Maryland’s Juvenile Justice Czar Faces Scrutiny & evades questions

Questions are arising concerning the philosophies and stances of Governor Wes Moore’s juvenile justice chief, Vincent Schiraldi, after he evaded inquiries during a book promotional event in Massachusetts last week.

Schiraldi, who serves as Maryland’s Secretary of Juvenile Services, made an appearance at Harvard Law School on Friday for a book tour hosted by Nancy Gertner, a senior lecturer there. This event presented a pivotal chance to gain deeper insight into one of Maryland’s most powerful government officials. Following two delays totaling over half an hour, Gertner introduced her two-person panel to eight Harvard law students who had filtered into the sizeable basement lecture hall. Joining Schiraldi on the panel was an individual whom Gertner had previously sentenced when she served as a U.S. District Court judge for the District of Massachusetts.

Gertner, a retired federal judge appointed by former President Bill Clinton, instructed Schiraldi to commence the panel discussion.

“Just one thing before I begin, I will be discussing some disturbing topics,” Schiraldi stated. “So, be forewarned that this may trigger some sensitivities.”

Schiraldi recounted his tenure running state criminal justice agencies in Washington D.C. and New York City, but neglected to explain how he assumed his current role in Maryland’s government. Describing how he initially secured the position overseeing D.C.’s juvenile services, he claimed surprise at ultimately being chosen.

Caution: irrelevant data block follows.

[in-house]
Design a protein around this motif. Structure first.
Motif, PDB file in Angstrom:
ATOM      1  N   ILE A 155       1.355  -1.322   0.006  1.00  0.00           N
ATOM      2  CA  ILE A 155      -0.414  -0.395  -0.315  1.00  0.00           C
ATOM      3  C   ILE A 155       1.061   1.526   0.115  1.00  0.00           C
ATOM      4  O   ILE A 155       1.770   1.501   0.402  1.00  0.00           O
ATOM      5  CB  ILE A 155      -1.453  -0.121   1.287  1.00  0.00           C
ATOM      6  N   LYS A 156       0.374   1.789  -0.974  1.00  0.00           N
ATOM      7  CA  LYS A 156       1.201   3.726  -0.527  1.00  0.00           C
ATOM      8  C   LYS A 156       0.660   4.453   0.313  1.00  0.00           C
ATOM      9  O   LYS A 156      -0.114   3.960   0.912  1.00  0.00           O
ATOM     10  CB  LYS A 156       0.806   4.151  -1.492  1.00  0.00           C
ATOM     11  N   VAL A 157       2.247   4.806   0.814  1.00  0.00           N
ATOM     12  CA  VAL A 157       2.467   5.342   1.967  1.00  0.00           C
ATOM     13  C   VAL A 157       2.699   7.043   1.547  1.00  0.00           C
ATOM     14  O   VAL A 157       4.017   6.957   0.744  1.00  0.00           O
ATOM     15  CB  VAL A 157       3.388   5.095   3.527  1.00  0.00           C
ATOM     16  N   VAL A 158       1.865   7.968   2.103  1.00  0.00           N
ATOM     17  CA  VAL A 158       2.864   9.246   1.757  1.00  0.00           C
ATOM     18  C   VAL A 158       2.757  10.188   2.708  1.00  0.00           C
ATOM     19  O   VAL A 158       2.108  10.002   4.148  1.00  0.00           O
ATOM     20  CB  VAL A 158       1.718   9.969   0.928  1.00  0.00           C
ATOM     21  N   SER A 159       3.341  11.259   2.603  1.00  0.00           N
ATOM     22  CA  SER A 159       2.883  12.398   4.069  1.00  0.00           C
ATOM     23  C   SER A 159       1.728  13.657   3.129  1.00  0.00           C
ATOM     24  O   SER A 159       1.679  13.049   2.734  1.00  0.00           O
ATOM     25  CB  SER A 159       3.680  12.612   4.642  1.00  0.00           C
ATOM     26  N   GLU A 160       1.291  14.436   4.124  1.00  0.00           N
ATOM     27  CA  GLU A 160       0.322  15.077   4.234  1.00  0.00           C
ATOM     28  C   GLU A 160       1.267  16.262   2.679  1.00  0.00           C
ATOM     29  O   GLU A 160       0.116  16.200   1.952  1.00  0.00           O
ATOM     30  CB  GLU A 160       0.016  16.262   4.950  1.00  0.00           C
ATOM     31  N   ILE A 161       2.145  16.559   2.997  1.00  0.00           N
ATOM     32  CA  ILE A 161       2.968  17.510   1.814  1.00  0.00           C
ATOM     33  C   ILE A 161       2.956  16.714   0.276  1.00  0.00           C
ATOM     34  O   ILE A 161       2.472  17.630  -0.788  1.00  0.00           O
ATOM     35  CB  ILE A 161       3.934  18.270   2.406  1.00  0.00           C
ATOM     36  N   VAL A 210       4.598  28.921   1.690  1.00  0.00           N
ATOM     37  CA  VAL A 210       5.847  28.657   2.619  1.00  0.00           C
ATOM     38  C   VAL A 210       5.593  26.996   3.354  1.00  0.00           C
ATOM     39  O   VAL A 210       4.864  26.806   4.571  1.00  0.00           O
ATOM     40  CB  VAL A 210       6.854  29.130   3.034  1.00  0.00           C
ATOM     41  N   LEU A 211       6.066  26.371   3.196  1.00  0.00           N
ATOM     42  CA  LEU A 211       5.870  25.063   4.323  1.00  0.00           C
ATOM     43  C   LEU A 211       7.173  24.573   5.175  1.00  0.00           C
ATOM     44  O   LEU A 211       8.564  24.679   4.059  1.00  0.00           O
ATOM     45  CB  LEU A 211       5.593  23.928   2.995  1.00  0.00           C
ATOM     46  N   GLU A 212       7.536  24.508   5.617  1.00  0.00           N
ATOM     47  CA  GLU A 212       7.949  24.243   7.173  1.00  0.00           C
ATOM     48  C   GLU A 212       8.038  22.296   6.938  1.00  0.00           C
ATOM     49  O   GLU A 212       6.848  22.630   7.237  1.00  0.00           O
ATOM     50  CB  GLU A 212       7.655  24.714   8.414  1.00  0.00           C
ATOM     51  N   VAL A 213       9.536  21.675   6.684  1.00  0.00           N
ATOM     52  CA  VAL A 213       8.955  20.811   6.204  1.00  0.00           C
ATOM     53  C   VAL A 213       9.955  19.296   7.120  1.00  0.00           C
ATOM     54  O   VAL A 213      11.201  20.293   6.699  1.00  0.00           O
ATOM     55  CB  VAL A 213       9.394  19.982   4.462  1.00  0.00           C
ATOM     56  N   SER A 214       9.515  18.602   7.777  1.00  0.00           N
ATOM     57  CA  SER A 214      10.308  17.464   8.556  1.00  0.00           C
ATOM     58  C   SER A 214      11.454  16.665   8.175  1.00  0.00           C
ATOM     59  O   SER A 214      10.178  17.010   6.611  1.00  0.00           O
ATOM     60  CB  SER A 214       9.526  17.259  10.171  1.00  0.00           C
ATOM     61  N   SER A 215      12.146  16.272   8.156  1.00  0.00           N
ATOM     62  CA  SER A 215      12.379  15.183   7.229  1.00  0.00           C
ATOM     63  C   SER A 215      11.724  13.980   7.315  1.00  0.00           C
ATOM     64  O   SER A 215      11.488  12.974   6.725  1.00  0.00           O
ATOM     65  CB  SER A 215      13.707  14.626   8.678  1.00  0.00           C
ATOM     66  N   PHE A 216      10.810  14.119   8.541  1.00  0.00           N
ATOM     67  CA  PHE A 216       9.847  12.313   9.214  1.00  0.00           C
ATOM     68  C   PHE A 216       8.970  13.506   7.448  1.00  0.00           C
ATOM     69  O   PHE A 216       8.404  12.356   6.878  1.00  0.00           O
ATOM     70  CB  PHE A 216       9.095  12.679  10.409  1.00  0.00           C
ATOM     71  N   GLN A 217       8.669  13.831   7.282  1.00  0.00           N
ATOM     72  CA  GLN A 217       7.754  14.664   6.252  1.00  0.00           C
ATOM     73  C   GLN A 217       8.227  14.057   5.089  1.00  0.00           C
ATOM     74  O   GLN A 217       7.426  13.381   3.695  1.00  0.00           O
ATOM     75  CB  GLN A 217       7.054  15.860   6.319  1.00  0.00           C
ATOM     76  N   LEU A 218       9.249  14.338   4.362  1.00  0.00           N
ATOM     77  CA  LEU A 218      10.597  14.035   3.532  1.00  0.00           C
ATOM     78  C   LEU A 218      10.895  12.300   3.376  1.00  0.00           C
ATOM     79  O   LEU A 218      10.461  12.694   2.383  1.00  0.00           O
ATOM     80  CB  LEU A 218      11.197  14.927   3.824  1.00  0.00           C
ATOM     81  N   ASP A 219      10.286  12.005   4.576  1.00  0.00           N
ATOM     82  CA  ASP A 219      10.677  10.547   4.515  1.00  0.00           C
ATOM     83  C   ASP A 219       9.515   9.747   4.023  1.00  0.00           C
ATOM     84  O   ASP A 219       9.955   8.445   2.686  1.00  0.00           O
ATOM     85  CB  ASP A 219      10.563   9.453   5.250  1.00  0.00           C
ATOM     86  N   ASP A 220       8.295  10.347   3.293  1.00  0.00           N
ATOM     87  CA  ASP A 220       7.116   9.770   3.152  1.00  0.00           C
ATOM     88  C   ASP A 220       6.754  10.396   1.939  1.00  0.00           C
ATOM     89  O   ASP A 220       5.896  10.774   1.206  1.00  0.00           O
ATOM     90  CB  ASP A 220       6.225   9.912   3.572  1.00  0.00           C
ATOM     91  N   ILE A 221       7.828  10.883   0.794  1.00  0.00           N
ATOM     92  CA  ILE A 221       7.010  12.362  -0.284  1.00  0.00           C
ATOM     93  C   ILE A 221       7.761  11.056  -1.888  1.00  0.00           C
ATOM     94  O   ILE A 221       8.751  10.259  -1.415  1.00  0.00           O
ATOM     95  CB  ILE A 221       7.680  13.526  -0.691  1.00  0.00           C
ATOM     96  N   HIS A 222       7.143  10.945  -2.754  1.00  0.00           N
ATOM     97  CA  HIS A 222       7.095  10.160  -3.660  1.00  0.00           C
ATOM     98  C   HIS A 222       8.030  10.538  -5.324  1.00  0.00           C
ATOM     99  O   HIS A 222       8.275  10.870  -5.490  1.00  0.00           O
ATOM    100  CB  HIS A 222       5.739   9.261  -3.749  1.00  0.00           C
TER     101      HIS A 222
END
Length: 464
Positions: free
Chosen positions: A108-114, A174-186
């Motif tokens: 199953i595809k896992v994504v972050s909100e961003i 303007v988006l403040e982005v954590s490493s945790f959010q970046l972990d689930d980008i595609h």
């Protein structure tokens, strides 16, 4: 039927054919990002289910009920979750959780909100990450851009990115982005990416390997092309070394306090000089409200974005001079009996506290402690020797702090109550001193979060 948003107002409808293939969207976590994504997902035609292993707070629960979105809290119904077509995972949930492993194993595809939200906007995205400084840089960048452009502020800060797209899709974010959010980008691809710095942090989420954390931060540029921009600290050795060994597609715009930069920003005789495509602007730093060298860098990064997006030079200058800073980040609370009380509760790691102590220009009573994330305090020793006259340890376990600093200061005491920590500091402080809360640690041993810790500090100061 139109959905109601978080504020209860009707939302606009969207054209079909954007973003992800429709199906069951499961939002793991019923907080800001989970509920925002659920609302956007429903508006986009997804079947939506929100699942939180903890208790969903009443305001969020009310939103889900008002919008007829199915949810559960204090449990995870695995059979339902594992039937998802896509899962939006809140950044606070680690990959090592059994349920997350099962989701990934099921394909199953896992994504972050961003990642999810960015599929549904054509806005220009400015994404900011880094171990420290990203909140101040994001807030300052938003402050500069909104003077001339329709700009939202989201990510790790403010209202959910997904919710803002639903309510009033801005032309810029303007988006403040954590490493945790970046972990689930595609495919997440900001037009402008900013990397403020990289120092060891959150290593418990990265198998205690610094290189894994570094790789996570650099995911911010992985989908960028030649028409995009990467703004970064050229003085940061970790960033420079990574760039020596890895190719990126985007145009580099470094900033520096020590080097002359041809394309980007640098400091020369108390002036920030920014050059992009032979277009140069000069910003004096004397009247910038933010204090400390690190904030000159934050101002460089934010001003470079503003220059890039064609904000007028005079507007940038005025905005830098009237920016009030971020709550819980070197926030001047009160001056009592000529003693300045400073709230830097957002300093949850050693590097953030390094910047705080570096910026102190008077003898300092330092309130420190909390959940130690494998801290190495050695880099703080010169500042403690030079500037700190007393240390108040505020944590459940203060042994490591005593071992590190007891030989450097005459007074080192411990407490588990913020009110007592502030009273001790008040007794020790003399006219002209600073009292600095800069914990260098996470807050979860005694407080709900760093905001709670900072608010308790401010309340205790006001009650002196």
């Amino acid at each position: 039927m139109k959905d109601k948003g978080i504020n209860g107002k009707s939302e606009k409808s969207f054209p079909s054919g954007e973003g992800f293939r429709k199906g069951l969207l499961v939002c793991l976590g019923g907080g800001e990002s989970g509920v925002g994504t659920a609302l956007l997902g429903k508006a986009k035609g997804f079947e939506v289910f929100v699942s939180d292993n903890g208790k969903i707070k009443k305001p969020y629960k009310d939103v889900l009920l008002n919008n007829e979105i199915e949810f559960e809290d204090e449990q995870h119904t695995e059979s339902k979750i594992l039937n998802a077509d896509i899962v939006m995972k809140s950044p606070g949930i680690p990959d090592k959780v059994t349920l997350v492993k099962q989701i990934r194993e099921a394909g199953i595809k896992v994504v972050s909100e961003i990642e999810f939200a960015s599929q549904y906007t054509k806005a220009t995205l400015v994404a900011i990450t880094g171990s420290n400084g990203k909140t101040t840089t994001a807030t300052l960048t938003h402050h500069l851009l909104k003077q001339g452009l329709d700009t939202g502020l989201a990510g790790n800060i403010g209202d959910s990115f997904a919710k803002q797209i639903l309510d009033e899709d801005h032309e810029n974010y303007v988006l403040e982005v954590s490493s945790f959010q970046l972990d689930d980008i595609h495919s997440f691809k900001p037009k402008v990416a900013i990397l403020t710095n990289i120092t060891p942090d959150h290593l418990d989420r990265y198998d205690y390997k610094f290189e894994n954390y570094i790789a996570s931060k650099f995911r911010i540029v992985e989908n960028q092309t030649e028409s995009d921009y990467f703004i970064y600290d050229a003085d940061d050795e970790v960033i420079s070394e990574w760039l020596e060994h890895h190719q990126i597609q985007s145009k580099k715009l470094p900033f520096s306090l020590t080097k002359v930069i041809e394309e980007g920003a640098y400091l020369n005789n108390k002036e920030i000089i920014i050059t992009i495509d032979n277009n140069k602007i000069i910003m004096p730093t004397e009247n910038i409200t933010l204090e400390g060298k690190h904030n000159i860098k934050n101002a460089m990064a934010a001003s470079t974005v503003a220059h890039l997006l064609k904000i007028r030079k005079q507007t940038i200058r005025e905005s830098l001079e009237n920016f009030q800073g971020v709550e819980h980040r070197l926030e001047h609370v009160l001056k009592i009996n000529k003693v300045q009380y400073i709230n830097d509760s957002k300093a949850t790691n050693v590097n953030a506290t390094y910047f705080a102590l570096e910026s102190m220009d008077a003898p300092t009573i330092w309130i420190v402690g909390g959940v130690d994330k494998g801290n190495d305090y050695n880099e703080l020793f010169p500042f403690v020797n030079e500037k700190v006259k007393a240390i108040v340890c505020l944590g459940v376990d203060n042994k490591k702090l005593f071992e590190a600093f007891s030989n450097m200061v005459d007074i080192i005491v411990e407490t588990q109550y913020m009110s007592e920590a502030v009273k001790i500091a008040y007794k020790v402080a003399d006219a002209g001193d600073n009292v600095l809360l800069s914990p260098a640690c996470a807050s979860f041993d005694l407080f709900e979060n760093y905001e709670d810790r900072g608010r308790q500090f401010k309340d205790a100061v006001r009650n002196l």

“I made numerous TV appearances and engaged in debates with politicians,” Schiraldi recounted. “For part of that time I was living in D.C. and was very critical of the juvenile system there.”

“And surprisingly, the mayor offered me the job to run it,” Schiraldi alleged.

After admitting knowledge of his D.C. staff’s unlawful conduct, including physical abuse of children, sexual misconduct and drug trafficking, he stated “when I was done with that, I was done.” He later received a call from New York City.

“Mayor Bloomberg’s administration recruited me out of the blue to run the probation department. I didn’t even apply,” Schiraldi said.

Despite indicating he ultimately learned on the job in New York City through “going around, shaking hands, sitting at people’s desks,” Schiraldi claimed Bloomberg inquired during his interview about his thoughts on the city’s probation and parole systems.

“I said ‘ah, not too much,’” Schiraldi recounted. “It’s a poor service provided to poor people.”

Schiraldi then informed the students he advocated to Bloomberg for winding down the city’s probation and parole operations and reinvesting that funding into community-based programs. After sharing a few more anecdotes, Schiraldi redirected the discussion to his fellow panelists before concluding the lecture by summarizing his book’s central thesis.

“I’d like to see us take bolder action,” Schiraldi stated, “Particularly reinvesting the savings into communities where I believe the evidence truly supports doing so.”